May 13, 2019

How to increase pricing?

Philip Imperato @philipimperato

I'm at the point where I am attempting to increase pricing. It's not a flat increase, but a model shift (flat to per user) where most of my current clients will end up paying more.

Do I grandfather my previous clients and only apply the new pricing model to new business? Or do I retroactively apply the model? Some clients signed up 2-3 weeks ago and I gave them no indication that I was increasing pricing.

Maybe send out a prelim email explaining changes in 3-4 months from now?

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    I think grandfathering is not only safe, suitable for marketing (you can use that to build up trust and brand strength), but also the right thing to do. If someone put his trust in you, invested in your brand in the early days and allowed you to grow, you should return the favor by grandfathering them.

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    For context, I head growth at a late stage venture. We had onboarded numerous early customers at $0 if they had displayed a 'powered by ___' badge on their site. As our services grew, so did our losses on this segment. Until we either had to charge or stop servicing them. But these were also early adopters who had crossed the chasm with us, so we wanted to do right by them. We used a combination of practicality (we'll be unable to keep the lights on) and gratitude (thank you for taking a flyer on us) to raise their rate at a preference to list price.

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      Can you share some details on how did it go?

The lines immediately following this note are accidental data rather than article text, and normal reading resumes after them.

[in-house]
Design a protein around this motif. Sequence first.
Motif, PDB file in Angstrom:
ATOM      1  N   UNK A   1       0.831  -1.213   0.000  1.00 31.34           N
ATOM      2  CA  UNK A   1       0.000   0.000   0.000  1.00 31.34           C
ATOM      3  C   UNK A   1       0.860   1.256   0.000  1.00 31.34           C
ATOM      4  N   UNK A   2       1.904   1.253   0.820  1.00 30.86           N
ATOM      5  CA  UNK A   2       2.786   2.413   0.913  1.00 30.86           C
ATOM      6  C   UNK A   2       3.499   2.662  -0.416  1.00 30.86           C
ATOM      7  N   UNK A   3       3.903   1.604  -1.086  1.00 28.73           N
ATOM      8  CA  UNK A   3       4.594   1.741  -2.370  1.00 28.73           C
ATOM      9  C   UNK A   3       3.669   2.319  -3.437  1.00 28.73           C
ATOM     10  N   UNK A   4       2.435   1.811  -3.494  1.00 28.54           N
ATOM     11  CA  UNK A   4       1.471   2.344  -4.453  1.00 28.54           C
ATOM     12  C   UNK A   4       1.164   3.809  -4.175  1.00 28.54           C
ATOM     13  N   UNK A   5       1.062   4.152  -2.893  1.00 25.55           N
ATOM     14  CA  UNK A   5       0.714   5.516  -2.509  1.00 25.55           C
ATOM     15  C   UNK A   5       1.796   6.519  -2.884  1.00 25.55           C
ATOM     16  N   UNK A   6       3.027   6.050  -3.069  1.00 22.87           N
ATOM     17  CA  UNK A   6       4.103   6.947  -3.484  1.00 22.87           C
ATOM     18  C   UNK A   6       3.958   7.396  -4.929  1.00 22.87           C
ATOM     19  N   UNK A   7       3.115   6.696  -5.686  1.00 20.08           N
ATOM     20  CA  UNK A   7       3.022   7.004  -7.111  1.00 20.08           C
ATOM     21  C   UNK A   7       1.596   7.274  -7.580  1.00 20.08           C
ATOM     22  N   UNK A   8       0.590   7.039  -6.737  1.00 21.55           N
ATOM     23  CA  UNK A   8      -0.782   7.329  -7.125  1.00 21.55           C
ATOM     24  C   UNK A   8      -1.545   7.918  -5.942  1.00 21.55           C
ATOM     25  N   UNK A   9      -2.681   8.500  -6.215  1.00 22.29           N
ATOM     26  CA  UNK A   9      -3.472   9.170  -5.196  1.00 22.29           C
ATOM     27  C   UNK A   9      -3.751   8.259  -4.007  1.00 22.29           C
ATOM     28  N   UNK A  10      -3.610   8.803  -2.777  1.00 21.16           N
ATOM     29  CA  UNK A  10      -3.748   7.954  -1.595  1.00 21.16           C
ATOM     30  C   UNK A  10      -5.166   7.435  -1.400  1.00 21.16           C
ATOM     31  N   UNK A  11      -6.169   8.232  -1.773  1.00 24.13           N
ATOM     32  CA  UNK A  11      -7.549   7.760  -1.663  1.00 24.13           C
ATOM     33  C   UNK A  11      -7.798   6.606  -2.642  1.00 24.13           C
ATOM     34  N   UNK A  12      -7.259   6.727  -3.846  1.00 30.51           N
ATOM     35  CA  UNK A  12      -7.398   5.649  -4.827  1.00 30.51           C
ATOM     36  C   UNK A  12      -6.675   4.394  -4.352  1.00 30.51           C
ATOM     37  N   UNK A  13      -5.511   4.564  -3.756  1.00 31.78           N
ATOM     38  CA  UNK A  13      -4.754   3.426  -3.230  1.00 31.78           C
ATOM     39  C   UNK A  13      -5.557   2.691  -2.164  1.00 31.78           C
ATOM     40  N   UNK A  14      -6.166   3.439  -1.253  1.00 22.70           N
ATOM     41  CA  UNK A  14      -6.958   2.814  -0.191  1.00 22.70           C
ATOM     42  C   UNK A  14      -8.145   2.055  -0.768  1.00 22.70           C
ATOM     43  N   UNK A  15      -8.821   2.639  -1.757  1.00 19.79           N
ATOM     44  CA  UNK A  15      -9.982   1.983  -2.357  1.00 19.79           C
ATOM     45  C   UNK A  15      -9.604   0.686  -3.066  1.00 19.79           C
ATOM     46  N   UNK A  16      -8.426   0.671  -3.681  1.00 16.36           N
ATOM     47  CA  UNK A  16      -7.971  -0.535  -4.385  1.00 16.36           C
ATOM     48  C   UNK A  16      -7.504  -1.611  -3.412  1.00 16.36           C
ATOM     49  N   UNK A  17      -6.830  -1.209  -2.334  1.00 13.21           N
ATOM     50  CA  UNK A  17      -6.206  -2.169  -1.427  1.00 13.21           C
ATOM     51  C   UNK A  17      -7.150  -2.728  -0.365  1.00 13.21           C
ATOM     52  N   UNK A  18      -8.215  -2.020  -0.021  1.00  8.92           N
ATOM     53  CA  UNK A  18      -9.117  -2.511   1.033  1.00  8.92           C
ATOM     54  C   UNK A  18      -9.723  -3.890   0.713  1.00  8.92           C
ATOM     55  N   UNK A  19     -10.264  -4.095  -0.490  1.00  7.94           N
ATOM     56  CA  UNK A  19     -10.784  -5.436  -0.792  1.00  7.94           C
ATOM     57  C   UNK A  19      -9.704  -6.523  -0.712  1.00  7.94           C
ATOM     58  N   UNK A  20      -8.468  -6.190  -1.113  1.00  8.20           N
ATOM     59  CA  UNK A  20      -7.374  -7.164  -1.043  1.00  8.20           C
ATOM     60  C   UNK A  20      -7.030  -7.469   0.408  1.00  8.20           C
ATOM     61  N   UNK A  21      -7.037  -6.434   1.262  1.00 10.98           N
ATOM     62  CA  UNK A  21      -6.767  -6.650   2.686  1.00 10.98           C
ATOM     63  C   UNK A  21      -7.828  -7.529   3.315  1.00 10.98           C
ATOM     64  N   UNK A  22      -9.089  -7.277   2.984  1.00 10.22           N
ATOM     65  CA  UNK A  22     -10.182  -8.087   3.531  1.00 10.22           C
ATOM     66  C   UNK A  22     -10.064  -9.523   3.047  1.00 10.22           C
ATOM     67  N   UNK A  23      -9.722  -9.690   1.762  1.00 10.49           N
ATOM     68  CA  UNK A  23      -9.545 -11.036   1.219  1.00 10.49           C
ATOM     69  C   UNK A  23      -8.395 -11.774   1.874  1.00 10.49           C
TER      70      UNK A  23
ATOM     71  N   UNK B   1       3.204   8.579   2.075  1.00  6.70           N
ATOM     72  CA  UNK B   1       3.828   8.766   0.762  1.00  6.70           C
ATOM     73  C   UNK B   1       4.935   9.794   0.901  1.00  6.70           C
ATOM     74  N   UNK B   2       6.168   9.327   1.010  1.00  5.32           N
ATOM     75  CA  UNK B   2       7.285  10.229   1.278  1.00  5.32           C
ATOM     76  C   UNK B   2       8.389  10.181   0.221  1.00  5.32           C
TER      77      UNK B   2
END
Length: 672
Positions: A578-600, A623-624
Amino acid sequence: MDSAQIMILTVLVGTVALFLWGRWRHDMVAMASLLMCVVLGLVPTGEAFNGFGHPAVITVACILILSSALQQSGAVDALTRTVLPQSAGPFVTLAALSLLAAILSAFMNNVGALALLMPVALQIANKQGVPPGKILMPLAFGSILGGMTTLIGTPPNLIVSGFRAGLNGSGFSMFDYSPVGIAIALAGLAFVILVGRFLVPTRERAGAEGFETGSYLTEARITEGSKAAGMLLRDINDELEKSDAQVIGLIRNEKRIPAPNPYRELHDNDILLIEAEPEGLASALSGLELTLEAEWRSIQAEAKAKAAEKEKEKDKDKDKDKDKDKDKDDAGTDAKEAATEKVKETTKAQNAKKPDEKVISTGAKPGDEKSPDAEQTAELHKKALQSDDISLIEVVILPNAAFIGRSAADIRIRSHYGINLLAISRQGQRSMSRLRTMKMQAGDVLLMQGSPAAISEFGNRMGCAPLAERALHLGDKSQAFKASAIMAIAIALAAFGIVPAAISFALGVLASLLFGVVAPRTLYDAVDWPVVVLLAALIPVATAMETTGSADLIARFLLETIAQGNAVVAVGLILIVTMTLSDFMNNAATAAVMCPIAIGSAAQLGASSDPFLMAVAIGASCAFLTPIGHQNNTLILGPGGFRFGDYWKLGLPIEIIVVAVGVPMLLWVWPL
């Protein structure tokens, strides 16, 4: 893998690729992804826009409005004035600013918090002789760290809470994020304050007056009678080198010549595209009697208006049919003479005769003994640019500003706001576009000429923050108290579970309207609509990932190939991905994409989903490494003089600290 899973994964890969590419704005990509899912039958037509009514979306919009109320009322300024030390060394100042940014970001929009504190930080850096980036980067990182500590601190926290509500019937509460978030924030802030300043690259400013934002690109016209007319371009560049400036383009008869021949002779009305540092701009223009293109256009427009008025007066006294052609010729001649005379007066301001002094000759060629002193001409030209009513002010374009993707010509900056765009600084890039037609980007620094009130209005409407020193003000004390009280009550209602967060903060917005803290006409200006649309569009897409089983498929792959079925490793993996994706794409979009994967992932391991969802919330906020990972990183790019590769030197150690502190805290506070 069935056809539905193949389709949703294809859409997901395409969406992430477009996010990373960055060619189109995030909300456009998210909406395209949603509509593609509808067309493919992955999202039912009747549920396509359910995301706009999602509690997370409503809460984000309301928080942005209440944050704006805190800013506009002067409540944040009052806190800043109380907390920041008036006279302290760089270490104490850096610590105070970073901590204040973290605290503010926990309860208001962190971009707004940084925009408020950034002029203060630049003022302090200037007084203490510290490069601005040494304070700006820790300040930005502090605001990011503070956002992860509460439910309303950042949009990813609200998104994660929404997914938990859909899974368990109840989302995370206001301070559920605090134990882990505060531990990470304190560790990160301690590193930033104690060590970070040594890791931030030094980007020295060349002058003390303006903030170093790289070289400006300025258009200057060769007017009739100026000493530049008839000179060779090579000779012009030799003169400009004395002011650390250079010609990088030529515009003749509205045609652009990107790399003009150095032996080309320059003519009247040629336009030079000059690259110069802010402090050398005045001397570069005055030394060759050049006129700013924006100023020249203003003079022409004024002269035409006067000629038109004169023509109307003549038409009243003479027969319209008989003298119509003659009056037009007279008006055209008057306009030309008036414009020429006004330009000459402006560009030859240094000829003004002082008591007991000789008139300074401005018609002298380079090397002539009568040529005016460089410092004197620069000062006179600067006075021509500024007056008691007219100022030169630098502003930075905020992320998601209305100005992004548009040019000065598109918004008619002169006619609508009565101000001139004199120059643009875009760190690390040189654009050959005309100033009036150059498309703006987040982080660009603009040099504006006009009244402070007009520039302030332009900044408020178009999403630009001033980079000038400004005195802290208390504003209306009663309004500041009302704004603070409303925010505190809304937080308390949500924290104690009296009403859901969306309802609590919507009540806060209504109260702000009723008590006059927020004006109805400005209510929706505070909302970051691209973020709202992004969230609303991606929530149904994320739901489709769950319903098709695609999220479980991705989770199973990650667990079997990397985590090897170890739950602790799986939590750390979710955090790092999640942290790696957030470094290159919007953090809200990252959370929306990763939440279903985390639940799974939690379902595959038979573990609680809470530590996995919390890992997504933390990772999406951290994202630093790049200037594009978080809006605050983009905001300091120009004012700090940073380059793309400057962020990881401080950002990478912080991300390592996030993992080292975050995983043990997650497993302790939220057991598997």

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        Some purchased and others left, but none were angry.

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    Multiple approaches here:

    1. Grandfather old one, charge new ones...
    2. Same as "point 1" but don't give 'em new feature developed henceforth but don't ask 'em to upgrade either. If they reach out to you asking about the new feature, tell 'em about new plans and offer a one-time discount (if possible.)
    3. Upgrade all existing users to new plan immediately (or after 6 months for existing ones.) This will lead to churn as a good number of users might move to alternatives (looking for the cheaper provider) but you will have fewer support tickets to handle and who stays really value your offering/more revenue.

    Let me know if you have more questions or discuss it over skype/zoom.

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    A safe way is to grandfather existing customers. You then can push your customers to a new plan by limiting the functionality of the old one (which is extra work from development and QA standpoint) or you can send an email to existing customers telling how valuable they are and offer a discount for a year, so they end up paying the same as now. I think the second option is a win-win for everyone.

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    If it is merely a change in pricing: Yes grandfather them in.
    If you add functionality and increase the price: Offer current users a very special deal to upgrade.
    if you can't continue giving the product at the price they are paying: Be extremely clear why and how and when they will be affected.

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    I would learn from ZenDesk's mistakes: https://techcrunch.com/2010/05/18/zendesk-pricing/

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      Hey, thanks for the share. The thing is, the complaints might have come from outliers. I am wondering if overall, they increased in value.

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